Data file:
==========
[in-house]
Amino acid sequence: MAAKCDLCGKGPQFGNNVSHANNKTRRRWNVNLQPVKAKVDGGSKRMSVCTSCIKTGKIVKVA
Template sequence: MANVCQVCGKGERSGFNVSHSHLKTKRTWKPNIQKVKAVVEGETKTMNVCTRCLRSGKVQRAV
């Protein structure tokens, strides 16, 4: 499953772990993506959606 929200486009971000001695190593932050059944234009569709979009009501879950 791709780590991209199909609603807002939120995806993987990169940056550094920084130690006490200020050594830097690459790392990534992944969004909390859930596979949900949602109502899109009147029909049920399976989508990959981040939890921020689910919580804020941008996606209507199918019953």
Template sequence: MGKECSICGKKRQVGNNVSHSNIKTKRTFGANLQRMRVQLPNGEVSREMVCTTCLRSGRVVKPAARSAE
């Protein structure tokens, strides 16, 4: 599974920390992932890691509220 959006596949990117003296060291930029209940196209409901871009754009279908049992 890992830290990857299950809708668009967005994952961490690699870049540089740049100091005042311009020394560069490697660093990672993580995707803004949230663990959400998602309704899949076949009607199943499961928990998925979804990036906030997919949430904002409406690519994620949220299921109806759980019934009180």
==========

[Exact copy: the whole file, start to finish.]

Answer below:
[in-house]
Amino acid sequence: MAAKCDLCGKGPQFGNNVSHANNKTRRRWNVNLQPVKAKVDGGSKRMSVCTSCIKTGKIVKVA
Template sequence: MANVCQVCGKGERSGFNVSHSHLKTKRTWKPNIQKVKAVVEGETKTMNVCTRCLRSGKVQRAV
């Protein structure tokens, strides 16, 4: 499953772990993506959606 929200486009971000001695190593932050059944234009569709979009009501879950 791709780590991209199909609603807002939120995806993987990169940056550094920084130690006490200020050594830097690459790392990534992944969004909390859930596979949900949602109502899109009147029909049920399976989508990959981040939890921020689910919580804020941008996606209507199918019953």
Template sequence: MGKECSICGKKRQVGNNVSHSNIKTKRTFGANLQRMRVQLPNGEVSREMVCTTCLRSGRVVKPAARSAE
């Protein structure tokens, strides 16, 4: 599974920390992932890691509220 959006596949990117003296060291930029209940196209409901871009754009279908049992 890992830290990857299950809708668009967005994952961490690699870049540089740049100091005042311009020394560069490697660093990672993580995707803004949230663990959400998602309704899949076949009607199943499961928990998925979804990036906030997919949430904002409406690519994620949220299921109806759980019934009180």